Radiofrequency ablation is a dermatosurgical procedure by using various forms of alternating current. Types of radiofrequency are electrosection, electrocoagulation, electrodessication and fulguration. The use of radiofrequency ablation has obtained importance as it can be used to treat most of the skin lesions with minimal side effects and complications.
Radiofrequency ablation is a minimally invasive procedure used in the treatment of varicose veins. It is an alternative to the traditional stripping operation. Under ultrasound guidance, a radiofrequency catheter is inserted into the abnormal vein and the vessel treated with radio-energy, resulting in closure of the involved vein. Radiofrequency ablation is used to treat the great saphenous vein, the small saphenous vein, and the perforator veins. The latter are connecting veins that transport blood from the superficial veins to the deep veins. Branch varicose veins are then usually treated with other minimally invasive procedures, such as ambulatory phlebectomy, sclerotherapy, or foam sclerotherapy. Currently, the VNUS ClosureRFS stylet is the only device specifically cleared by FDA for endovenous ablation of perforator veins.
It should be pointed out that the possibility of skin burn during the procedure is very small, because the large volumes (500 cc) of dilute Lidocaine (0.1%) tumescent anesthesia injected along the entire vein prior to the application of radiofrequency provide a heat sink that absorbs the heat created by the device. Early studies have shown a high success rate with low rates of complications.
Obstructive sleep apneaEdit
RFA was first studied in obstructive sleep apnea (OSA) in a pig model. RFA has been recognized as a somnoplasty treatment option in selected situations by the American Academy of Otolaryngology but was not endorsed for general use in the American College of Physicians guidelines.
The clinical application of RFA in obstructive sleep apnea is reviewed in that main article, including controversies and potential advantages in selected medical situations. Unlike other electrosurgical devices, RFA allows very specific treatment targeting of the desired tissue with a precise line of demarcation that avoids collateral damage, which is crucial in the head and neck region due to its high density of major nerves and blood vessels. RFA also does not require high temperatures. However, overheating from misapplication of RFA can cause harmful effects such as coagulation on the surface of the electrode, boiling within tissue that can leave "a gaping hole", tears, or even charring.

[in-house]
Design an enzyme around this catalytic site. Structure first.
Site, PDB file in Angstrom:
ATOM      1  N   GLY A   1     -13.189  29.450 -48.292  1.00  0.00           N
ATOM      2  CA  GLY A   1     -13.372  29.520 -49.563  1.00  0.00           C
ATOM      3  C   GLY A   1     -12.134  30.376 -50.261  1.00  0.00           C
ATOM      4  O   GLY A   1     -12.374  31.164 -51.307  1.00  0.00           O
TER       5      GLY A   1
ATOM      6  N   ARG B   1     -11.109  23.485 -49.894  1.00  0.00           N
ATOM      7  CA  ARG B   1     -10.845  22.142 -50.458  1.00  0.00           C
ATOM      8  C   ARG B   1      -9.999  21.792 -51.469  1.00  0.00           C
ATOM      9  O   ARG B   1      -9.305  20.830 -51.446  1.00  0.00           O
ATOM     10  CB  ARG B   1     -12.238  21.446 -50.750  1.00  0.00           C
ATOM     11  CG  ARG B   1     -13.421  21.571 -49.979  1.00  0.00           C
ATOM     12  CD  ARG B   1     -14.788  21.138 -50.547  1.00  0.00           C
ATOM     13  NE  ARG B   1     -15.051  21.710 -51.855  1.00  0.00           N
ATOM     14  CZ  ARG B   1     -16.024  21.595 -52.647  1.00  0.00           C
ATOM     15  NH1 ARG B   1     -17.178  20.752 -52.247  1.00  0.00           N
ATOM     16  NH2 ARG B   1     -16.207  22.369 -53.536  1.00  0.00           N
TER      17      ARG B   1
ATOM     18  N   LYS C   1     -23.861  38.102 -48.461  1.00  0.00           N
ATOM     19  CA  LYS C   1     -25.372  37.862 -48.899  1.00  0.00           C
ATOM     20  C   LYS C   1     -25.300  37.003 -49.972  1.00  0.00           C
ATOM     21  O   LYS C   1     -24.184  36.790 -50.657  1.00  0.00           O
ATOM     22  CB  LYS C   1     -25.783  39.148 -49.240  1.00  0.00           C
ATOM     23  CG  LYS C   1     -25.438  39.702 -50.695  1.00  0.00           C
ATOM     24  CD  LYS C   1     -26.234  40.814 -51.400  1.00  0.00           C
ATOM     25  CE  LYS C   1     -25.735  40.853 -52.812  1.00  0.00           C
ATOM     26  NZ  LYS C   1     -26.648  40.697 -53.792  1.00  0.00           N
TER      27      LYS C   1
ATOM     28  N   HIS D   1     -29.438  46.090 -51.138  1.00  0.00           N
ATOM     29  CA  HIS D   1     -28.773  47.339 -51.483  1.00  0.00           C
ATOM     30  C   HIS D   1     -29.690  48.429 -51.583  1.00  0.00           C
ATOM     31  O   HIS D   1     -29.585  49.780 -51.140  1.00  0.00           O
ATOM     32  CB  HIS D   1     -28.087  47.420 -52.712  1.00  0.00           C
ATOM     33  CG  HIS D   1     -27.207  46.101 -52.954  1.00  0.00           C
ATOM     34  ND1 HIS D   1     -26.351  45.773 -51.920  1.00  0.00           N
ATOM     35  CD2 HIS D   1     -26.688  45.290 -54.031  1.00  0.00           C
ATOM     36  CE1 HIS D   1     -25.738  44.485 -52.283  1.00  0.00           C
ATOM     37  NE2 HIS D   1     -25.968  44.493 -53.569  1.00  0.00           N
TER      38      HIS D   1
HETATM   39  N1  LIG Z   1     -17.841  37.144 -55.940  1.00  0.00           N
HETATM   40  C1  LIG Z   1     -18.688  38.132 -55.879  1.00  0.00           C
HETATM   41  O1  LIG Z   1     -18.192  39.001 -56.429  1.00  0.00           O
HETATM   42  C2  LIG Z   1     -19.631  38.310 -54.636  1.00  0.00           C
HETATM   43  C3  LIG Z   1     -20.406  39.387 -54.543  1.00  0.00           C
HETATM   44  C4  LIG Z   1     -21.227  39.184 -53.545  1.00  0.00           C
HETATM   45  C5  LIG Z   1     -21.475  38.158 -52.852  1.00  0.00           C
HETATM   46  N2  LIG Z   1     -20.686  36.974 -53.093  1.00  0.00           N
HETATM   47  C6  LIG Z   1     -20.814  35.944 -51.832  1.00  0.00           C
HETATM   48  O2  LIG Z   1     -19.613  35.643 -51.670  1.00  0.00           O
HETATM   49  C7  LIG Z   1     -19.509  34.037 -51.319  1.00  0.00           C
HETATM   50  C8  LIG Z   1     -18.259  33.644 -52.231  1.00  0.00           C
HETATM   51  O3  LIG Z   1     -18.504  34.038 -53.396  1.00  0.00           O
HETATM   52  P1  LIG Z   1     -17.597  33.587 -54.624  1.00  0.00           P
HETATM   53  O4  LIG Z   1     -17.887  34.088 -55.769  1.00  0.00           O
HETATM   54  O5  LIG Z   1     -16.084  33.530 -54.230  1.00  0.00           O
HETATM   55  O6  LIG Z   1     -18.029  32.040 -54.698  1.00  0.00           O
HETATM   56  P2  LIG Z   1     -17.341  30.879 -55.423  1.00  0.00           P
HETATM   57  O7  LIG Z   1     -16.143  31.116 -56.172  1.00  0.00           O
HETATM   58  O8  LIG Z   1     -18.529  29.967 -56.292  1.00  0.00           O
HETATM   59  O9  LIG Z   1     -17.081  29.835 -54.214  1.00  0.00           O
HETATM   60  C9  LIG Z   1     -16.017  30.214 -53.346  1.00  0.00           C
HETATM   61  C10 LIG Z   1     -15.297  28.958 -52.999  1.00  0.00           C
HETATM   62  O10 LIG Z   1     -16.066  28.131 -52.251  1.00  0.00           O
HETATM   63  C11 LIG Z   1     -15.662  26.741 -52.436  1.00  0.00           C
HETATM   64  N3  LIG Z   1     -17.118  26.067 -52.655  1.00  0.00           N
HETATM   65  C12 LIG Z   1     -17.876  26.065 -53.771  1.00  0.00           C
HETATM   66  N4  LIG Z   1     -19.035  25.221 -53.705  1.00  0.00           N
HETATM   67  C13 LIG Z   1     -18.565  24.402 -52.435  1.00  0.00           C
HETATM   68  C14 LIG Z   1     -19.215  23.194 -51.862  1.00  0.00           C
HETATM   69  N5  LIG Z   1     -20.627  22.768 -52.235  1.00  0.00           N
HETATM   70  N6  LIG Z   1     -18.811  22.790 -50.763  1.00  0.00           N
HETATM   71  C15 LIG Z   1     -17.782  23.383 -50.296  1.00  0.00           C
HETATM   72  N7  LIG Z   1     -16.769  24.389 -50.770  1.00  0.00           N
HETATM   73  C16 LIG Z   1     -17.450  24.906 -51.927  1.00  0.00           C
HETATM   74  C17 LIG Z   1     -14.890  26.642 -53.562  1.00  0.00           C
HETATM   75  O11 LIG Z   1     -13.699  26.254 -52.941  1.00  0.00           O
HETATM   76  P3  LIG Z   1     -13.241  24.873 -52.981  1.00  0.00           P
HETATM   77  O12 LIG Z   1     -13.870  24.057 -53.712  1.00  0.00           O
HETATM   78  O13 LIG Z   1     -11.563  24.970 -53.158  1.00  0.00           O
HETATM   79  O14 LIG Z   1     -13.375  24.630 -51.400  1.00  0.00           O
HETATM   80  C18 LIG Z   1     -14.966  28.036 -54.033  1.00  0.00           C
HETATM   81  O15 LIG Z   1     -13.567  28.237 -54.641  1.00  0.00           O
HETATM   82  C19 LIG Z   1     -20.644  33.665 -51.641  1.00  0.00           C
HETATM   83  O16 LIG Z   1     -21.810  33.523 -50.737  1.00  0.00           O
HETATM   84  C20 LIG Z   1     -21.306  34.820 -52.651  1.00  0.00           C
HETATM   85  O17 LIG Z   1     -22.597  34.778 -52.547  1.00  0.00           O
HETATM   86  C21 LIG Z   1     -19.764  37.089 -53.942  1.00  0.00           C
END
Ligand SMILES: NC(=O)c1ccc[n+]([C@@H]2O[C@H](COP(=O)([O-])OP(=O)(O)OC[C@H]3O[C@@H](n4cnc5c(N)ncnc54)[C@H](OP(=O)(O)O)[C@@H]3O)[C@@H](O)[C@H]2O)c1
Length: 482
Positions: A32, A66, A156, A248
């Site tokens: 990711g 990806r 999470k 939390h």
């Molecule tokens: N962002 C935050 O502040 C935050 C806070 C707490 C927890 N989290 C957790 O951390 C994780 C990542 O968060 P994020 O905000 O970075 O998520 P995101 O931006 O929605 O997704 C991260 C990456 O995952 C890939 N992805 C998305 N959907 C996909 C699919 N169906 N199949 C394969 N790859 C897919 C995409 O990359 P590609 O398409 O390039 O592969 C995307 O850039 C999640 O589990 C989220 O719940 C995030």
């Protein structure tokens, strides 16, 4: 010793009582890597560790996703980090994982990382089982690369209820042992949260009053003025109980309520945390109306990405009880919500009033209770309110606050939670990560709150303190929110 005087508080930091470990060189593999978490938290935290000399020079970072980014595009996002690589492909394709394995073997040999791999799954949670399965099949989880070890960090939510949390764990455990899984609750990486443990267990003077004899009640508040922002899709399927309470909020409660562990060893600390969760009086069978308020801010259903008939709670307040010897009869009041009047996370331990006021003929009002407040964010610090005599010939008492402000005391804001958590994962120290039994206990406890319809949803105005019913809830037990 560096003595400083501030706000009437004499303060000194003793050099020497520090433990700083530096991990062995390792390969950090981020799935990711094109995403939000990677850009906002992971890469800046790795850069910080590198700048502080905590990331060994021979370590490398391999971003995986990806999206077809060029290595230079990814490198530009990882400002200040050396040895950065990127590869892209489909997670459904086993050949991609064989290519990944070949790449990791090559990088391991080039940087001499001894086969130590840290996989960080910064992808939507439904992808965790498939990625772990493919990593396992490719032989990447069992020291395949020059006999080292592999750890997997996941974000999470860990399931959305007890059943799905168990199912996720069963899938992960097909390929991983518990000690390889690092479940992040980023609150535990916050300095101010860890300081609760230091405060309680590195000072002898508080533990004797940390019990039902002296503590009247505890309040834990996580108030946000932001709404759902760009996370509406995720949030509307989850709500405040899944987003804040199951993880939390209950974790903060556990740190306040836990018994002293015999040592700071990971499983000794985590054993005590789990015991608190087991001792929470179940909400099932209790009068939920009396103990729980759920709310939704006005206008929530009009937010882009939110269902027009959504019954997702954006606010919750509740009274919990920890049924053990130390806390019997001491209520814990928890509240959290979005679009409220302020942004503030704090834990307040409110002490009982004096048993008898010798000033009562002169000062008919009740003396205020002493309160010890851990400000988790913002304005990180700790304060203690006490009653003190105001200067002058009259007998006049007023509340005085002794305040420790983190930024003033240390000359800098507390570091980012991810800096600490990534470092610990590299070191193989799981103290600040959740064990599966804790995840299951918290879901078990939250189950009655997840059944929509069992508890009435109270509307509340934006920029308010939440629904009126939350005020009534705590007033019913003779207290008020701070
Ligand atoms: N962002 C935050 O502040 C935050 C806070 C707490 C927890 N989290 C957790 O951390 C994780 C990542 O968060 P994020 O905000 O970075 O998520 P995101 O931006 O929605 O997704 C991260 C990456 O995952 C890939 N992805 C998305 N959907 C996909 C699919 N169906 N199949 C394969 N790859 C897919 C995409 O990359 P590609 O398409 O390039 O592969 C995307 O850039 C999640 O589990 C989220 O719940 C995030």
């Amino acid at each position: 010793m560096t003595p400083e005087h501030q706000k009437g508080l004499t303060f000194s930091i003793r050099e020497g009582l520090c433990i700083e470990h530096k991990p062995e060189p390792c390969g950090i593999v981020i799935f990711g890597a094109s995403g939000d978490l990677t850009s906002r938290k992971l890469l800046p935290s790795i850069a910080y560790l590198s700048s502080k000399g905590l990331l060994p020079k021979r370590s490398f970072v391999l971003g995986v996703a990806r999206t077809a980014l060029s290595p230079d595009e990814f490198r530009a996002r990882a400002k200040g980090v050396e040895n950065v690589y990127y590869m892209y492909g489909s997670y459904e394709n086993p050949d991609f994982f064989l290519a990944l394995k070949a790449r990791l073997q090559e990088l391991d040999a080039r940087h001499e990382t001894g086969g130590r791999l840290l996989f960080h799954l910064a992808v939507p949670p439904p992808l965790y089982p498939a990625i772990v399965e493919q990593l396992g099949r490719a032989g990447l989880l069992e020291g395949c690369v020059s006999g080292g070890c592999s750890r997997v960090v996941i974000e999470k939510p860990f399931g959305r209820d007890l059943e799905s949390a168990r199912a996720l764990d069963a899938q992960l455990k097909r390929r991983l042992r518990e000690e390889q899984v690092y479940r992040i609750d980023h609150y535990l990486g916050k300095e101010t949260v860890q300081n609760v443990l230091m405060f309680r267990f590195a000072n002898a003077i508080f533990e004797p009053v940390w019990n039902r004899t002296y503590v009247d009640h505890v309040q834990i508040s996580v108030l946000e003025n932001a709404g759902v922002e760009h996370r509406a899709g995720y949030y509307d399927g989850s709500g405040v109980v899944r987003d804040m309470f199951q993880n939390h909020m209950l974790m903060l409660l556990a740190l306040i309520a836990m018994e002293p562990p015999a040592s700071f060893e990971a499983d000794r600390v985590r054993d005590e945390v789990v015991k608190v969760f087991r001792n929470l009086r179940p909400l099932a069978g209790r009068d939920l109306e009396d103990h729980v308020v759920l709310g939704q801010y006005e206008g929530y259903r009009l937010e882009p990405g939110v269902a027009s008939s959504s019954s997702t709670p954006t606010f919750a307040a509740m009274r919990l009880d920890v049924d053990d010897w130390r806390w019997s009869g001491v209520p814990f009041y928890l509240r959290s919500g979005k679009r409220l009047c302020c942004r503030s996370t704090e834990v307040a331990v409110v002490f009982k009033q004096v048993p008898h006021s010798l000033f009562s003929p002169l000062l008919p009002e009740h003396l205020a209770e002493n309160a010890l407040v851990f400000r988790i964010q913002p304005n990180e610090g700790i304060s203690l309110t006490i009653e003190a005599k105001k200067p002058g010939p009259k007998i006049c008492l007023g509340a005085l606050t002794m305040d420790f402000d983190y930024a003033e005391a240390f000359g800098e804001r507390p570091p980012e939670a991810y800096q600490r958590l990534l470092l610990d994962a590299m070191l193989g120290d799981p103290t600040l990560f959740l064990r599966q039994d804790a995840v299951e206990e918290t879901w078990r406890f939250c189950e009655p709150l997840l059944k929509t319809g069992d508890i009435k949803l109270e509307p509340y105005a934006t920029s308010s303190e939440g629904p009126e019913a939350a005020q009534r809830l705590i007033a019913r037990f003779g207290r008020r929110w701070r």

RFA, or rhizotomy, is sometimes used to treat severe chronic pain in the lower (lumbar) back, where radio frequency waves are used to produce heat on specifically identified nerves surrounding the facet joints on either side of the lumbar spine. By generating heat around the nerve, the nerve gets ablated thus destroying its ability to transmit signals to the brain. The nerves to be ablated are identified through injections of local anesthesia (such as lidocaine) prior to the RFA procedure. If the local anesthesia injections provide temporary pain relief, then RFA is performed on the nerve(s) that responded well to the injections. RFA is a minimally invasive procedure which can usually be done in day-surgery clinics, going home shortly after completion of the procedure. The patient is awake during the procedure, so risks associated with general anesthesia are avoided. An intravenous line may be inserted so that mild sedatives can be administered.
In April 2017, the US Food and Drug Administration approved a commercial device using cooled radiofrequency ablation, with effects lasting for up to a year of pain relief from knee arthritis. A review of preliminary clinical research indicated that better efficacy of ablation for knee pain was achieved by targeting the genicular nerve (one of the articular branches of the tibial nerve), targeting larger nerves including the femoral nerve, or by using an intra-articular procedure.
Whether for back or knee pain, a drawback for this procedure is that nerves recover function over time, so the pain relief achieved lasts only temporarily (3–15 months) in most patients.
Radiofrequency ablation has been shown to be a safe and effective treatment for Barrett's esophagus. The balloon-based radiofrequency procedure was invented by Robert A. Ganz, Roger Stern and Brian Zelickson in 1999 (System and Method for Treating Abnormal Tissue in the Human Esophagus). While the patient is sedated, a catheter is inserted into the esophagus and radiofrequency energy is delivered to the diseased tissue. This outpatient procedure typically lasts from fifteen to thirty minutes. Two months after the procedure, the physician performs an upper endoscopic examination to assess the esophagus for residual Barrett's esophagus. If any Barrett's esophagus is found, the disease can be treated with a focal RFA device. Between 80–90% or greater of patients in numerous clinical trials have shown complete eradication of Barrett's esophagus in approximately two to three treatments with a favorable safety profile. The treatment of Barrett's esophagus by RFA is durable for up to 5 years.
RFA is also used in radiofrequency lesioning, for vein closure in areas where intrusive surgery is contraindicated by trauma, and in liver resection to control bleeding (hemostasis) and facilitate the transection process.
This process has also been used with success to treat TRAP sequence in multiple gestation pregnancies. This is becoming the leading method of treatment with a higher success rate for saving the 'pump' twin in recent studies than previous methods including laser photocoagulation. Due to the rarity of this complication, its correct diagnosis statistics are not yet reliable.
RFA is being investigated to treat uterine fibroids using the heat energy of radio frequency waves to ablate the fibroid tissue. The device obtained FDA approval in 2012. The device is inserted via a laparoscopic probe and guided inside the fibroid tissue using an ultrasound probe.